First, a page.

BFMV kick off the new album with a blistering track tentatively entitled ... Scream Aim Fire. It's a fast-paced track through and through with wicked drummage and hard guitars. Eye of the Storm follows just as quick with equally as much kick as Scream Aim Fire. Tuck brings grungey vocals which sound layered and give the two songs arena show echo-effects. Melodic solos fill in bridges making the songs almost text-book BFMV. Hearts Burst Into Fire, the first of two love songs on the album, couples a relatively fast-tempo beat with harmonic guitars and slowed down vocals. Waking the Demon is comparably one of the few songs that offer duel-guitar solos like that of Avenged Sevenfold's City of Evil. Disappear, Deliver Us From Evil and Take It Out On Me all share a fast-paced drum beat with the adding of hard rock guitar riffs from Tuck and Padge. Say Goodnight slows the fast-tracked album for the first 2 and half minutes of the song before picking up again. End of Days and Last To Know kick back into the blistering pace offering nothing less, nothing more than which has already been heard on the album. Forever and Always is a classic end to the fast-paced themed album, giving the fans a personal connection to the classic BFMV and arena rock sound.

It's difficult to appreciate the band's growth simply because the songs breeze through this album however, Bullet have definitely proved their metal and certainly the future seems to be bringing an evolution of sorts for this band. They have hardened their sound and as a result produced a better album than The Poison which offered an emo/metal selection of songs. Fans are certain to embrace the new Bullet album and with a tour well on it's course already, and a follow up slot on the Taste of Chaos tour, they are ready to take this album out.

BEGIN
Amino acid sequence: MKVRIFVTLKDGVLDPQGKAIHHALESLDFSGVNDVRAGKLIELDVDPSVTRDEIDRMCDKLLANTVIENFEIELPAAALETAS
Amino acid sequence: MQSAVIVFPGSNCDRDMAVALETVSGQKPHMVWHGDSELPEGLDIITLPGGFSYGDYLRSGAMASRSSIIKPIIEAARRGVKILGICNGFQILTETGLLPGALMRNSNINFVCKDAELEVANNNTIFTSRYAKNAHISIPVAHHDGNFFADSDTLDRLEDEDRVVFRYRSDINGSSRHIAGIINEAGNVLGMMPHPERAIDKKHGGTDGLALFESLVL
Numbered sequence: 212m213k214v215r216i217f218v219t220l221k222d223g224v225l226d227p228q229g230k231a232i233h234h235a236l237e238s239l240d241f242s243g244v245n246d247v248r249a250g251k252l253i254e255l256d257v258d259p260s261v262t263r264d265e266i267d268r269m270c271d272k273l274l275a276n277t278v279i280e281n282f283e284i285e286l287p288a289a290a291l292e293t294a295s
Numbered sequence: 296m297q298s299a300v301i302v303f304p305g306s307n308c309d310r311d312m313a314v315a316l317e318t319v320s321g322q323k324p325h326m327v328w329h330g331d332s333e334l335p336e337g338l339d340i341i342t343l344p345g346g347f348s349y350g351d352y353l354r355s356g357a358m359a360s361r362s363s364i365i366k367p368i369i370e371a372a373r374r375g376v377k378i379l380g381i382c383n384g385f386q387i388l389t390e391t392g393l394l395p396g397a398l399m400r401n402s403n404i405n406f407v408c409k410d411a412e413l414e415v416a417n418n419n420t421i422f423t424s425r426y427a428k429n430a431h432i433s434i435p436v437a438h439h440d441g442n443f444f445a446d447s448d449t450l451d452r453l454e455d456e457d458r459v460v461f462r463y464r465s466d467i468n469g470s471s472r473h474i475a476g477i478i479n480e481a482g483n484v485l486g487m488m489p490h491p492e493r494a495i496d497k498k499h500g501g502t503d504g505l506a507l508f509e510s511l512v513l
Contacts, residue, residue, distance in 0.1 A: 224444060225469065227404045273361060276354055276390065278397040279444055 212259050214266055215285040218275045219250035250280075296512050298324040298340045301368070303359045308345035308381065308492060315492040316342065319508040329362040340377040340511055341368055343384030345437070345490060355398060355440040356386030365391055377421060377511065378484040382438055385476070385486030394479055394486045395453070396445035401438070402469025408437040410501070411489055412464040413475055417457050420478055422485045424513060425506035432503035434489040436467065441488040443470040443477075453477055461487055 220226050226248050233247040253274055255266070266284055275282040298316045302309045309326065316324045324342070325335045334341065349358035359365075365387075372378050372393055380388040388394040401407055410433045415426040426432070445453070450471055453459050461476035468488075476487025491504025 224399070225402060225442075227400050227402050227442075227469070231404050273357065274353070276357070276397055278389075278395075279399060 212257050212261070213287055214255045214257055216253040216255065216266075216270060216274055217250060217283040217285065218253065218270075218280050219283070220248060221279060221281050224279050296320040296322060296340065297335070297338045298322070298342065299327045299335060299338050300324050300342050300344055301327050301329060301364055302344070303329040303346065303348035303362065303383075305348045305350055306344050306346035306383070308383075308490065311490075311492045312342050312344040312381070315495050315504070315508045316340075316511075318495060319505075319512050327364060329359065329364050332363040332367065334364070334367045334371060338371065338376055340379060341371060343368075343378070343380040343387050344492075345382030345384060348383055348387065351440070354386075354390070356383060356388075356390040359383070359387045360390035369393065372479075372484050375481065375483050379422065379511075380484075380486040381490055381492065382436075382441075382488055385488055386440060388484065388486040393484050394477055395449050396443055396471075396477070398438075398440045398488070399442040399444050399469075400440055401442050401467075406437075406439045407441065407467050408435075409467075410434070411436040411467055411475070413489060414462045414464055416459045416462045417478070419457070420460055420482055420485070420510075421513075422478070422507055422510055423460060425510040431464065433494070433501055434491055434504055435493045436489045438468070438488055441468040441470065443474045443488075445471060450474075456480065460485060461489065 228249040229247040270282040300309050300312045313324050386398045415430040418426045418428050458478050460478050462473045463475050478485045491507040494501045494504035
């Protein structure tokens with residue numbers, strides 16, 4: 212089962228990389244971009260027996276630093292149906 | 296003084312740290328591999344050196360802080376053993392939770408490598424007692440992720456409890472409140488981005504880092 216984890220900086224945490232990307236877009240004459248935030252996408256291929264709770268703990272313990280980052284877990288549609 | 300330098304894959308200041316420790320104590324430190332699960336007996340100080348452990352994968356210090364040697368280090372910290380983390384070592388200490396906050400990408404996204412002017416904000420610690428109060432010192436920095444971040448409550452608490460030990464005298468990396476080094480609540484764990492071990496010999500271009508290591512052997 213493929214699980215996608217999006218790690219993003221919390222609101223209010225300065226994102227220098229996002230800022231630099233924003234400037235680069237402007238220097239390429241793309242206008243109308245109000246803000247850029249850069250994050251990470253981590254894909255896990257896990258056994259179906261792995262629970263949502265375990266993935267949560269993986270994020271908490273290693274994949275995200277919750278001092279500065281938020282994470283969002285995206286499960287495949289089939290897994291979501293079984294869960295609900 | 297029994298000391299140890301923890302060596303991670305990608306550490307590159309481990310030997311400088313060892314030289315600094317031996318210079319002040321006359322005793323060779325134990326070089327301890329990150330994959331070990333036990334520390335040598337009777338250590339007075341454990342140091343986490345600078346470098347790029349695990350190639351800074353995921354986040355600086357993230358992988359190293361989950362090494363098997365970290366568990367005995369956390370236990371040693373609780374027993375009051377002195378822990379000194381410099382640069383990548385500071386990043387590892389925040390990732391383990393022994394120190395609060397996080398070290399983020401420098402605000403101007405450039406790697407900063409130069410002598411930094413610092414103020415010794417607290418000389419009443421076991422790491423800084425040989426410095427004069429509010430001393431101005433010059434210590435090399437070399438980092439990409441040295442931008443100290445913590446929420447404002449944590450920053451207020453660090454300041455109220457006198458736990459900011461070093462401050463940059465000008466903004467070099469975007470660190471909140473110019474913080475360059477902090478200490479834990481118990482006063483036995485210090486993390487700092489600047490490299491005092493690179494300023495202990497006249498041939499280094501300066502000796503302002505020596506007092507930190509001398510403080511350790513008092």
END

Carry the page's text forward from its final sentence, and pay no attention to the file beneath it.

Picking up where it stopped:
22 January 2008 @ 02:11 pm

Fortress is the latest effort from Protest The Hero; the quintet will release their sophomore effort on January 29. There are ten tracks on this compilation as there were on Kezia, the previous album. The band has stuck to their signature sound on Fortress but have advanced their artistic barriers by including melodic piano and guitar work.

Bloodmeat is the first single off Fortress and it certainly has the most kick on the entire album. It starts off with a signature PTH riff and gets right into the heavy, fast paced drumming from Moe Carlson. The Dissentience features heavier guitars and rockin screamage. Bone Marrow and Spoils show the classical side of PTH, as they conclude these songs with harmonic piano work. Sequioa Throne, Limb From Limb, Spoils and Wretch show Miller and Hoskin's abilities as infinite with extreme riffage on these tracks. They're very Dragonforce-inspired, or that's at least what comes to mind. Palms Read is diversely interesting in that it hints at a bit of Danny Elfman inspired interval. The album concludes with Goddess Bound and Goddess Gagged, both with extremities of intertwined drumming and complicated guitar work. Lyrically, Arif Mirabdolbaghi has created an interesting way to approach PTH albums. As with Kezia, there's an ongoing story line within each song, continued one after the other. "The ten tracks are split into three sections." says Mirabdolbaghi. ""This album is nothing to be intellectualized. All talk of wonder, pathos and optimism (blindfolded) aside (hink). I feel it’s a very natural progression for us. A natural progression into further obscurity."

All in all, sticking to their guns, fans of PTH will be pleased with Fortress. Here, take Arif's word for it: "I am of the belief a lot of the people who work for us were hoping for a stab at a more commercially viable album, however we wrote what we wanted without linear boundaries and created something less commercial than ever. Some fans of the band will hate it. And some people who hate the band will love it. All others can rot." So there you have it, PTH on their new album and they don't care whether people like it or not.